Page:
Thoughts on Streaming Media East 2015
My high level takeaway from Streaming Media East was that the time for talking and garage-hacks is past, and everyone's getting down to serious business now. As we saw at CES, it's clear that the world is getting more connected, and there are more businesses and more applications capitalizing on that connectivity. What was once novel and geeky is now mainstream and profitable. However, this creates tremendous infrastructural challenges, ranging from high-capacity networks (so-called ECDNs) within the firewall to high-efficiency CDNs and content delivery strategies over the open Internet. AsDan Rayburn and Mukul Krishna have been saying for the past two years, MSOs and telcos need to stop viewing video as a traffic problem and start seeing it as a business opportunity. We finally saw those lights begin to flicker on during this year's SME program. Increasingly CSPs across the globe are looking at ways where they can leverage an existing infrastructure and customer base to deliver video. One key reason for this is they want to see higher margins as their voice and in some cases data components are increasingly commoditized.
Video seems to be a major way in which they hope to help their margin situation. We are seeing two ways in which they are typically looking at leveraging their infrastructure: a) Launch a multi-screen video service themselves and/or b) provide an end-to-end managed service to enable content owners to monetize in a multi-screen environment with a focus on QoE and a branded, differentiated, persistent experience - instead of just throwing stuff on to YouTube.
In terms of new technologies, HTML 5, DASH and HEVC are top of mind. We continued our series of real-world business-centric talks on HEVC (slides available upon request and also posted to the SME site; video coming shortly). As predicted, several silicon-centric implementations (e.g. from Advantech and Qualcomm) are being introduced, but the vast majority of production encoders continue to be built on Intel processors today. This will shift over time - Imagine and Ericsson are betting on designs using their own custom silicon - but it is still a position of strength. In terms of AVC transcoding, Intel is gaining strength as software-defined workflows and virtualized high-density transcoders are accepted as best-practice architectural choices. We presented a paper commissioned by Vantrix showing that the total cost of ownership of JITT (powered by Intel) was nearly half that of JITP. Vendors like Imagine Communications, Wowza and Ericsson independently corroborated those findings in private conversations. The impact of DASH (now embraced by all four leading DRM vendors), and the fall of proprietary Widevine and SmoothStreaming formats, is poised to be hugely disruptive. We'll be discussing the implications of this in our upcoming DRM study.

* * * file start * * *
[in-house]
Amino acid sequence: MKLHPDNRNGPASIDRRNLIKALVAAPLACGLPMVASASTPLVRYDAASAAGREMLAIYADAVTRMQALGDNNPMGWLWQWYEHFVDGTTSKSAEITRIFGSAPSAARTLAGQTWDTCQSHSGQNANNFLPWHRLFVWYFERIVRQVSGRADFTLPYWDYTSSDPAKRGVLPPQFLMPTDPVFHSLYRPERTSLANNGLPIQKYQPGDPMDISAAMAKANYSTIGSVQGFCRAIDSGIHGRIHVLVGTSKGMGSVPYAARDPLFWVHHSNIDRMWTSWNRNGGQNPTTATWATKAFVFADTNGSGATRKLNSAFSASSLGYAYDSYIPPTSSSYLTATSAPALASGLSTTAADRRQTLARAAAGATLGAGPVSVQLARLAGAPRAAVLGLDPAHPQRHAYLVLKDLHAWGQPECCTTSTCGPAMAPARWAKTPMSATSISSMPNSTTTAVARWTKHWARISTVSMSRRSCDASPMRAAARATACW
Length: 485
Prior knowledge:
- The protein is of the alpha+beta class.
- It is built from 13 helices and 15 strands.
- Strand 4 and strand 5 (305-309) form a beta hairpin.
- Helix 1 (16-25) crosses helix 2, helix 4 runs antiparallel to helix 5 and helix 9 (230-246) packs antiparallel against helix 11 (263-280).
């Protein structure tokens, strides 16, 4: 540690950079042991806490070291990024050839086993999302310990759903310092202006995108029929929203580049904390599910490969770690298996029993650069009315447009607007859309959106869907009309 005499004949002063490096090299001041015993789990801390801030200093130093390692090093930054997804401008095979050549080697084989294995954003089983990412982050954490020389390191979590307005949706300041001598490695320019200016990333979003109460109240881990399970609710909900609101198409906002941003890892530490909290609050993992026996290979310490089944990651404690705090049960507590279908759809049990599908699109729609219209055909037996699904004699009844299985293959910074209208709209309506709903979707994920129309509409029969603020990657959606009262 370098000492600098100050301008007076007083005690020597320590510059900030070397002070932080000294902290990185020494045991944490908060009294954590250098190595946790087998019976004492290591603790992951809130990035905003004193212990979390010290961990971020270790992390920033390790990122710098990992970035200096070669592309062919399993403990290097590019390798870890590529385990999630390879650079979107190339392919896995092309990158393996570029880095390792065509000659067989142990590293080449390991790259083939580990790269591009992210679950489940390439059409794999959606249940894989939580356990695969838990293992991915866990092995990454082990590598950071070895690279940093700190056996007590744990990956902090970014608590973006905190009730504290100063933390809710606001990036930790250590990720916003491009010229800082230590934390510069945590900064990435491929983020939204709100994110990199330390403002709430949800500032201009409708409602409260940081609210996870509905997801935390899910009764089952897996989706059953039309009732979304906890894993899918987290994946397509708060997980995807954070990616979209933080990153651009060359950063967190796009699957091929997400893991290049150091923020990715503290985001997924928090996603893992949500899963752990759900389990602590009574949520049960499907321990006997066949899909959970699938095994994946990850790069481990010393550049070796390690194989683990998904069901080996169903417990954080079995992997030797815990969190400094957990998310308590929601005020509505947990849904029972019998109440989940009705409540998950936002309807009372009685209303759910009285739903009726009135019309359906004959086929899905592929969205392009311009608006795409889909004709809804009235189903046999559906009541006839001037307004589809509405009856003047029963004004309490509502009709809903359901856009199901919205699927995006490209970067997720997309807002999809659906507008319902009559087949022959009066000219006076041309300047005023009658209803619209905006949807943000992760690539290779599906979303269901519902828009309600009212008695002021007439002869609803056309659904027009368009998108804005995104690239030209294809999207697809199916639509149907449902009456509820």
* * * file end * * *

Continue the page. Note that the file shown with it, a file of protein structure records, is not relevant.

Monetization in general, and advertising in particular, continue to be open issues. While there is growing maturity in ad-insertion and ad-optimization solutions, there is still limited ability to provide ad inventory (except for the live sports application, which is thriving on sold-out ad inventories). Very few companies are able to actually enable content providers to fill their ad carousels in any meaningful way; this remains perhaps the most critical unmet need for the streaming industry today.